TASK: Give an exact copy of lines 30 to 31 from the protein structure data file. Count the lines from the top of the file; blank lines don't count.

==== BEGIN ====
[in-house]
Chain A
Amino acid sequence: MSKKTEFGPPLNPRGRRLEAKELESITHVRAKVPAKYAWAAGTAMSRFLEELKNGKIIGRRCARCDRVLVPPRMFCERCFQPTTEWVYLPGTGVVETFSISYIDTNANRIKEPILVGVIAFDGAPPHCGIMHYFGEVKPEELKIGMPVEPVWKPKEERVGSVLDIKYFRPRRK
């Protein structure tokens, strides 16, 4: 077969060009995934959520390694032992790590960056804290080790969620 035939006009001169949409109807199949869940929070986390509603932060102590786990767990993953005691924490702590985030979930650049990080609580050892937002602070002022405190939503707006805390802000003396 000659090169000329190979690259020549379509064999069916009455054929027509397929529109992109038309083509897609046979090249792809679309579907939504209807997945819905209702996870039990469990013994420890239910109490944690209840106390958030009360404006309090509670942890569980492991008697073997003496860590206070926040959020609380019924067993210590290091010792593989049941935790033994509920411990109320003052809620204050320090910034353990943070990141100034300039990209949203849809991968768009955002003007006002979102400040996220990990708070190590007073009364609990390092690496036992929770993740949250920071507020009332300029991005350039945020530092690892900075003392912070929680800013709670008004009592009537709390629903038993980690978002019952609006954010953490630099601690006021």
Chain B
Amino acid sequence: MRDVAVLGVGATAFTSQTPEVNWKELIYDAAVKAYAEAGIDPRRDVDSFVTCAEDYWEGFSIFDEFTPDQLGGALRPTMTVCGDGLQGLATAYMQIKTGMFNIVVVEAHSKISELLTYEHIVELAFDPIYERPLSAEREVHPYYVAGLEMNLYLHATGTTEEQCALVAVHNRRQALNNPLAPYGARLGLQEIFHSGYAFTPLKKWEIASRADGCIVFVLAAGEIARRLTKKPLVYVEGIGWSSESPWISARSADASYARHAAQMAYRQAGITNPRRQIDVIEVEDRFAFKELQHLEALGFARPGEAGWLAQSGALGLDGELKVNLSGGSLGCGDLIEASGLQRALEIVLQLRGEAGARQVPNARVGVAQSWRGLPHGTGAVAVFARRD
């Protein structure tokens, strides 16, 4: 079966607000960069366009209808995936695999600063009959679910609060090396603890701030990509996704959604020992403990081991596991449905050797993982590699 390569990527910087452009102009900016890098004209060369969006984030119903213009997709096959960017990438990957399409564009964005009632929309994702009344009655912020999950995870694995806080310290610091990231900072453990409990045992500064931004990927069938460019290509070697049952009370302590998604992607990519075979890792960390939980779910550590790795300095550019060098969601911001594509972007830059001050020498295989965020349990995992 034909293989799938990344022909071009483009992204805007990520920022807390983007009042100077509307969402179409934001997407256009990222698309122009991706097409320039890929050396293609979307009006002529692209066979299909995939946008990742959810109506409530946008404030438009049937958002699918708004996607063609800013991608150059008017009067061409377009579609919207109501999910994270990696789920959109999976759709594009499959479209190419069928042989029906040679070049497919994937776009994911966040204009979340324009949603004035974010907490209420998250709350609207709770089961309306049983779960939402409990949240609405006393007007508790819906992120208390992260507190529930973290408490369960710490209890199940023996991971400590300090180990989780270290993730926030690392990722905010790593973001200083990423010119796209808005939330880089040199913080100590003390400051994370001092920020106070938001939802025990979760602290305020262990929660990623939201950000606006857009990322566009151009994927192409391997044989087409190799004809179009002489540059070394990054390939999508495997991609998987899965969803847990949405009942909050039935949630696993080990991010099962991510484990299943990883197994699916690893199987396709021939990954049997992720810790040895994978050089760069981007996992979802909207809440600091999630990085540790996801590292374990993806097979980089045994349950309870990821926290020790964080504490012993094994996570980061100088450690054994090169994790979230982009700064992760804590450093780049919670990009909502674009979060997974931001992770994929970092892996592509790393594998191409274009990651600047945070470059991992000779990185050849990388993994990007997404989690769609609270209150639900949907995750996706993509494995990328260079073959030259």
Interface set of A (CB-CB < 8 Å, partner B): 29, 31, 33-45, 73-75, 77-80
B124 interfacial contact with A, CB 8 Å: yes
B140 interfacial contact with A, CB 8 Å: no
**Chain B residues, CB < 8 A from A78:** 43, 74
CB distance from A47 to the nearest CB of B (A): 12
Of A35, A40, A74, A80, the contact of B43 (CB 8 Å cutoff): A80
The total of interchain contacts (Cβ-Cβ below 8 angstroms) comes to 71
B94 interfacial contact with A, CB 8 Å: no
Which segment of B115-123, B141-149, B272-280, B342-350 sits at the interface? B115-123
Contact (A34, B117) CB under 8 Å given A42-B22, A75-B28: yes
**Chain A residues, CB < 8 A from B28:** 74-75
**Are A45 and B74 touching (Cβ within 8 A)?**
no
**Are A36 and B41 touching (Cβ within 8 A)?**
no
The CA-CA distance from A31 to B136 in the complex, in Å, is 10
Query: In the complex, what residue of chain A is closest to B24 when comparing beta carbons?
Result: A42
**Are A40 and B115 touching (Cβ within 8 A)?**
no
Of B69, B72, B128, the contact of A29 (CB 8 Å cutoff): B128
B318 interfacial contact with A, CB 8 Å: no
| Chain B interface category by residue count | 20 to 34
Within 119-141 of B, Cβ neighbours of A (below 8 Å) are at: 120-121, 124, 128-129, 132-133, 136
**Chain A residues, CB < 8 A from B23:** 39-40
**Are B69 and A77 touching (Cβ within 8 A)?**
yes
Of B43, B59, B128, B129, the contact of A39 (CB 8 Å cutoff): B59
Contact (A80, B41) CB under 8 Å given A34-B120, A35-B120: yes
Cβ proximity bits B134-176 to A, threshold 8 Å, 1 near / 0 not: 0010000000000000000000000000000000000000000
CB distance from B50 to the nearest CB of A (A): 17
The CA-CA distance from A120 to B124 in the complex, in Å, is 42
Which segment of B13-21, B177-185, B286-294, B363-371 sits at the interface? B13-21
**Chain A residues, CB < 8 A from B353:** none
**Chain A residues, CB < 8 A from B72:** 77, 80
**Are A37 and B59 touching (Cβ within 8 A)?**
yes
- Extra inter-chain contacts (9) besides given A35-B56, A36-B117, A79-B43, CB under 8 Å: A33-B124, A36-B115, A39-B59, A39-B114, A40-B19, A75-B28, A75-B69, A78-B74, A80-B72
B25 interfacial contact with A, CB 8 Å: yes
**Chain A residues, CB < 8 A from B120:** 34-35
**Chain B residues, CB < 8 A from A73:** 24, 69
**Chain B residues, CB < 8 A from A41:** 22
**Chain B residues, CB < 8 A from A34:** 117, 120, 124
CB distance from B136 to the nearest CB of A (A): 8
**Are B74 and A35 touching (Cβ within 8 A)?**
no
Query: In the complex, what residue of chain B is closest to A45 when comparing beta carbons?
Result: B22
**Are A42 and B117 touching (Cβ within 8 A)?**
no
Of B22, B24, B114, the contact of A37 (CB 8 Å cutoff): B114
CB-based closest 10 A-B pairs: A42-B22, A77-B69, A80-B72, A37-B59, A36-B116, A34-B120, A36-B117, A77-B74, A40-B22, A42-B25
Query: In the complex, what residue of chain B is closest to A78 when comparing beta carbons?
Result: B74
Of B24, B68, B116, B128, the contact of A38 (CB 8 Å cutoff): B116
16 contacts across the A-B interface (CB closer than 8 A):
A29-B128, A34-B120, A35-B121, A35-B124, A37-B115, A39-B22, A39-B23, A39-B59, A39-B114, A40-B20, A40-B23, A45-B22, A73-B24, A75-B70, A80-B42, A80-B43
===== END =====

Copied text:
| Chain B interface category by residue count | 20 to 34
Within 119-141 of B, Cβ neighbours of A (below 8 Å) are at: 120-121, 124, 128-129, 132-133, 136